With a large portion of the country still working to recover from Hurricane Harvey, and another region now bracing itself for the destruction Hurricane Irma brings with it, the U.S. Army has been playing an active role in the preparation, rescue, and recovery efforts for weeks now.  Thursday, as Florida prepares for Irma’s arrival, the Army released guidance to military personnel and civilians in the massive storm’s projected path, to help ensure Americans have what they need, whether sheltering in place, or preparing to evacuate.

The guidance, prepared by James Dean, the contingency planner with the Fort Stewart Directorate of Plans, Mobilization and Security at Fort Stewart, Georgia, has three simple tips that he believes will help ensure your safety, as well as the safety of your loved ones.

“Have a plan to evacuate; have a kit to support your family and pets for three days and stay informed,” Dean offered as advice before reminding all service members and civilians alike that September is National Preparedness Month and that it pays to be proactive, particularly for those living on the East coast.

“Most of the year, we’re in hurricane season — from May through November,” Dean said. “This is the height of the hurricane season. Most hurricanes happen in the Atlantic August and September.”

In the Army release, Daryl Lusk, safety specialist with the Fort Stewart Safety Office, also chimed in with his own advice, which he says he’s gained through a combination of real life experience and the training he’s received working for the Army.  His recommendations were sourced from FEMA’s hurricane training:pay attention to the news to track the upcoming storm’s progress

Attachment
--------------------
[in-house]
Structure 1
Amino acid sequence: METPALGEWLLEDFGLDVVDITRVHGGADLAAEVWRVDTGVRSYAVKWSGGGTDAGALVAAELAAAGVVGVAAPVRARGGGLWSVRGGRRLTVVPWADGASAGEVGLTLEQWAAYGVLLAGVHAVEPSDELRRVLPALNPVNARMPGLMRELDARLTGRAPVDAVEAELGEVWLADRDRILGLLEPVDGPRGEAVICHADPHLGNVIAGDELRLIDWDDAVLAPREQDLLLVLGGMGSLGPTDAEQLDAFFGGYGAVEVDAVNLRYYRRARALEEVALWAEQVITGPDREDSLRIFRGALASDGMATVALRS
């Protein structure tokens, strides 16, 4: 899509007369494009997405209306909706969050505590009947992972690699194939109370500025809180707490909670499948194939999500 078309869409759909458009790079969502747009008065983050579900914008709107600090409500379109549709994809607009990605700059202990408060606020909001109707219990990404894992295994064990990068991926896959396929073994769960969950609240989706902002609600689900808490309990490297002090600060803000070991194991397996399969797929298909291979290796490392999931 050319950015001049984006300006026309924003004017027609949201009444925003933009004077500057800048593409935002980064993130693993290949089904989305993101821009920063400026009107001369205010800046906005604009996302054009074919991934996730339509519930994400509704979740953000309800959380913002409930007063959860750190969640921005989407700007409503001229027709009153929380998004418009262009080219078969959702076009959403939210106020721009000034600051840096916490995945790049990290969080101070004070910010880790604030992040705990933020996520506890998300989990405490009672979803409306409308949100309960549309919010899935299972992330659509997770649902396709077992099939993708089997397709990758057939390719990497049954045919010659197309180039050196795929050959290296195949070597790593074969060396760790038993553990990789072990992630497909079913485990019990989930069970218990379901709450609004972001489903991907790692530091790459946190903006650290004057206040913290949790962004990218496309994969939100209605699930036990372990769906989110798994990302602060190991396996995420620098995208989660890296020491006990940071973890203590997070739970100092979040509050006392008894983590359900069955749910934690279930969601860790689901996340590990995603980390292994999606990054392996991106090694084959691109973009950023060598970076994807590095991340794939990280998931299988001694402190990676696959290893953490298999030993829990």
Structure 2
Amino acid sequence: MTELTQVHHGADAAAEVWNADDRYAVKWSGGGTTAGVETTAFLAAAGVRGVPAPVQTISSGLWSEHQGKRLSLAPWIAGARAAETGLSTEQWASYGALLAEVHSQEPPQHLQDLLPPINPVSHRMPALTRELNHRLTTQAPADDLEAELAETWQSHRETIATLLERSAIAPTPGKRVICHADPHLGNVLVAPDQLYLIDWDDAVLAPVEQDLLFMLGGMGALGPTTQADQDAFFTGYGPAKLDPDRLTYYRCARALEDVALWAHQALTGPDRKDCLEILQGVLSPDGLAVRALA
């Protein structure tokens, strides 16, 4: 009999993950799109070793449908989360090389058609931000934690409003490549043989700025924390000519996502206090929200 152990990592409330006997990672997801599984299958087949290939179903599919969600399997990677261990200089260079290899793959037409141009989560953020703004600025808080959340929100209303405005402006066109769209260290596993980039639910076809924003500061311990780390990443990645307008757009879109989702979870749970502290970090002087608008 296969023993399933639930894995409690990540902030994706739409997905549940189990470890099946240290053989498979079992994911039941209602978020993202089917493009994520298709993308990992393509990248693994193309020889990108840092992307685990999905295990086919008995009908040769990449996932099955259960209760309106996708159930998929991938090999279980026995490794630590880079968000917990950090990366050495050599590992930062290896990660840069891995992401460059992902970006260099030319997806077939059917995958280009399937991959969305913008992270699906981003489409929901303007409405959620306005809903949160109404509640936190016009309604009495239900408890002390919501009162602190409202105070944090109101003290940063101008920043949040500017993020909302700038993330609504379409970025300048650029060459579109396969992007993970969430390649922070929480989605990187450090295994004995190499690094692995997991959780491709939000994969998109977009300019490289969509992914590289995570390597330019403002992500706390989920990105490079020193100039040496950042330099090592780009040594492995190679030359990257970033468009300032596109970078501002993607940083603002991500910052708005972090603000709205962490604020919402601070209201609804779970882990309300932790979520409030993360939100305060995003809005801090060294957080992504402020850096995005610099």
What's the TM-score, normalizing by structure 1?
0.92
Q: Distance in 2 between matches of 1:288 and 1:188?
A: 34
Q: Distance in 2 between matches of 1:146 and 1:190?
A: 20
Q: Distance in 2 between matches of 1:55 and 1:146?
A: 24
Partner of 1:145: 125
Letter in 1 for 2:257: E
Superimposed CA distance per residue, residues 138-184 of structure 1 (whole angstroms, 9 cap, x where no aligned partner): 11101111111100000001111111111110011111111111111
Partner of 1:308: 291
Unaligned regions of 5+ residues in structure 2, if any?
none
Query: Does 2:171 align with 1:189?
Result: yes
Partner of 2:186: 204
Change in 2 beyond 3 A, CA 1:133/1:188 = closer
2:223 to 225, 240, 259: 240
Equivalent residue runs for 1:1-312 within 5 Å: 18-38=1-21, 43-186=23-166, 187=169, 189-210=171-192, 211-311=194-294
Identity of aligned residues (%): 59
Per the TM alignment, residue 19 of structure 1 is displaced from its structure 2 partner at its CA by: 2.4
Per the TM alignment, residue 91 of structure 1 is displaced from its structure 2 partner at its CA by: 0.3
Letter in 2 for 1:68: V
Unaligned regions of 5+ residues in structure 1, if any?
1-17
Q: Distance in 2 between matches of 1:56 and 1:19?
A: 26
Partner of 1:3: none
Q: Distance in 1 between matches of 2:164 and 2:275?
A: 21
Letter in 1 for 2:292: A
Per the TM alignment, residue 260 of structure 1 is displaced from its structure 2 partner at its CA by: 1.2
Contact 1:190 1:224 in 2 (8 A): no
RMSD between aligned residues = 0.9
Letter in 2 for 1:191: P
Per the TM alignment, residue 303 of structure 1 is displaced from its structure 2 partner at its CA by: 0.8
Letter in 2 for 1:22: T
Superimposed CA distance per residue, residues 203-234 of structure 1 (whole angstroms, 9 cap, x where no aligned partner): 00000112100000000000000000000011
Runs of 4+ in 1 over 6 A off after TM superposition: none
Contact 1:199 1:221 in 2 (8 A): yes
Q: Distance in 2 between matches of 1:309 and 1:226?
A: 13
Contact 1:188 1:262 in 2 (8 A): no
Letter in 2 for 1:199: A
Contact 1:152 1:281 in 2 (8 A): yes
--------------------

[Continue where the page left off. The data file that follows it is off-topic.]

• create an emergency supply kit
  • ensure vehicles are fueled up and serviceable
  • store loose items around the house such as hoses and grills
  • follow local directions from the local authorities.

Military personnel are also reminded to maintain open lines of communication with their chain of command, in order to ensure overall force accountability.  For civilians, that serves as good advice as well, but include family, rather than formal command structure, in your notifications.

Other advice offered by the Army’s specialists included unplugging appliances before evacuating your homes, bring a minimum of three days’ worth of any prescribed medications with you, and, of course, “Take your pets with you,” Lusk said.

For those evacuating with pets, be sure to bring a pet carrier or crate, as some shelters will not permit entrance to pets without one.